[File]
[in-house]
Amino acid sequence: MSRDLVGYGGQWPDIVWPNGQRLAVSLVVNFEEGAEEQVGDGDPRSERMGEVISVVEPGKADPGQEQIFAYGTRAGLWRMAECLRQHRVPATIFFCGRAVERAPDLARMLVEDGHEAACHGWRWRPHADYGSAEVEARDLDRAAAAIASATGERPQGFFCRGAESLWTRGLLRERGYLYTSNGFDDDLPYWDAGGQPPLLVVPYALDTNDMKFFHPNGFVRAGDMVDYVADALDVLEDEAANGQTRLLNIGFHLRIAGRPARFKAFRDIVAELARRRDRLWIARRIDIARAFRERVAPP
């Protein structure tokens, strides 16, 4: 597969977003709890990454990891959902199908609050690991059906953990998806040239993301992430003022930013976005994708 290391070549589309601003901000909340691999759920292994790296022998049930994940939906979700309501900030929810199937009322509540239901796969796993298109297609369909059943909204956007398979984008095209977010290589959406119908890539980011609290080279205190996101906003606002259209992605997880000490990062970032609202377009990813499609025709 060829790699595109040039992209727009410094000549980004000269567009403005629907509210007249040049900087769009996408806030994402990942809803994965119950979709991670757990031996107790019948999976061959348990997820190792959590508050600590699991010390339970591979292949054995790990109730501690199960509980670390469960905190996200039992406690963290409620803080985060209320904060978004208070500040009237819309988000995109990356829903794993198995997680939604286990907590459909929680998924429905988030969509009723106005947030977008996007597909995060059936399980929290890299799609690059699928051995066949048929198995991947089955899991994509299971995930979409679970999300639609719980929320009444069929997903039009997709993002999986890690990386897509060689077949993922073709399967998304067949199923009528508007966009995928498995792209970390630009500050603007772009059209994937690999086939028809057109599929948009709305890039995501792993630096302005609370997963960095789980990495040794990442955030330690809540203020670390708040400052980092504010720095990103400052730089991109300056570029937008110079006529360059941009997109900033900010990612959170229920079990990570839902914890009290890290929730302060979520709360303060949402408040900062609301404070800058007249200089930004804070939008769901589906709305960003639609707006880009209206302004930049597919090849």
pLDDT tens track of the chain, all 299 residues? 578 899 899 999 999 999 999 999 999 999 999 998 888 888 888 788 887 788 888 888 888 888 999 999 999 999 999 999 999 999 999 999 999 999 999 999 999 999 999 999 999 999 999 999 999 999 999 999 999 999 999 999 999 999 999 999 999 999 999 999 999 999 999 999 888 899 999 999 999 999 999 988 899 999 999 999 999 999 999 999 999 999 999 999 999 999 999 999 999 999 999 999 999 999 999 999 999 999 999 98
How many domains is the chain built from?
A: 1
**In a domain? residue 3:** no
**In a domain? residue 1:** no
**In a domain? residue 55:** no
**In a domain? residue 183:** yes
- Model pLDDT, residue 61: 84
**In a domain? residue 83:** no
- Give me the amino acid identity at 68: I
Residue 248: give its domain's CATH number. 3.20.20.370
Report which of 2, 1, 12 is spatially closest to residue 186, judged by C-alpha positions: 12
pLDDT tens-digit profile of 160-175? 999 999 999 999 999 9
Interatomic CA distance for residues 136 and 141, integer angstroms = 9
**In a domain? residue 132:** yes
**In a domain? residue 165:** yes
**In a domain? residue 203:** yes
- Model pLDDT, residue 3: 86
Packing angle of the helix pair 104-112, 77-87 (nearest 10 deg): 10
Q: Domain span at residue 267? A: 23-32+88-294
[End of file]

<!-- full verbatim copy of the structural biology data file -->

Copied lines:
[in-house]
Amino acid sequence: MSRDLVGYGGQWPDIVWPNGQRLAVSLVVNFEEGAEEQVGDGDPRSERMGEVISVVEPGKADPGQEQIFAYGTRAGLWRMAECLRQHRVPATIFFCGRAVERAPDLARMLVEDGHEAACHGWRWRPHADYGSAEVEARDLDRAAAAIASATGERPQGFFCRGAESLWTRGLLRERGYLYTSNGFDDDLPYWDAGGQPPLLVVPYALDTNDMKFFHPNGFVRAGDMVDYVADALDVLEDEAANGQTRLLNIGFHLRIAGRPARFKAFRDIVAELARRRDRLWIARRIDIARAFRERVAPP
């Protein structure tokens, strides 16, 4: 597969977003709890990454990891959902199908609050690991059906953990998806040239993301992430003022930013976005994708 290391070549589309601003901000909340691999759920292994790296022998049930994940939906979700309501900030929810199937009322509540239901796969796993298109297609369909059943909204956007398979984008095209977010290589959406119908890539980011609290080279205190996101906003606002259209992605997880000490990062970032609202377009990813499609025709 060829790699595109040039992209727009410094000549980004000269567009403005629907509210007249040049900087769009996408806030994402990942809803994965119950979709991670757990031996107790019948999976061959348990997820190792959590508050600590699991010390339970591979292949054995790990109730501690199960509980670390469960905190996200039992406690963290409620803080985060209320904060978004208070500040009237819309988000995109990356829903794993198995997680939604286990907590459909929680998924429905988030969509009723106005947030977008996007597909995060059936399980929290890299799609690059699928051995066949048929198995991947089955899991994509299971995930979409679970999300639609719980929320009444069929997903039009997709993002999986890690990386897509060689077949993922073709399967998304067949199923009528508007966009995928498995792209970390630009500050603007772009059209994937690999086939028809057109599929948009709305890039995501792993630096302005609370997963960095789980990495040794990442955030330690809540203020670390708040400052980092504010720095990103400052730089991109300056570029937008110079006529360059941009997109900033900010990612959170229920079990990570839902914890009290890290929730302060979520709360303060949402408040900062609301404070800058007249200089930004804070939008769901589906709305960003639609707006880009209206302004930049597919090849």
pLDDT tens track of the chain, all 299 residues? 578 899 899 999 999 999 999 999 999 999 999 998 888 888 888 788 887 788 888 888 888 888 999 999 999 999 999 999 999 999 999 999 999 999 999 999 999 999 999 999 999 999 999 999 999 999 999 999 999 999 999 999 999 999 999 999 999 999 999 999 999 999 999 999 888 899 999 999 999 999 999 988 899 999 999 999 999 999 999 999 999 999 999 999 999 999 999 999 999 999 999 999 999 999 999 999 999 999 999 98
How many domains is the chain built from?
A: 1
**In a domain? residue 3:** no
**In a domain? residue 1:** no
**In a domain? residue 55:** no
**In a domain? residue 183:** yes
- Model pLDDT, residue 61: 84
**In a domain? residue 83:** no
- Give me the amino acid identity at 68: I
Residue 248: give its domain's CATH number. 3.20.20.370
Report which of 2, 1, 12 is spatially closest to residue 186, judged by C-alpha positions: 12
pLDDT tens-digit profile of 160-175? 999 999 999 999 999 9
Interatomic CA distance for residues 136 and 141, integer angstroms = 9
**In a domain? residue 132:** yes
**In a domain? residue 165:** yes
**In a domain? residue 203:** yes
- Model pLDDT, residue 3: 86
Packing angle of the helix pair 104-112, 77-87 (nearest 10 deg): 10
Q: Domain span at residue 267? A: 23-32+88-294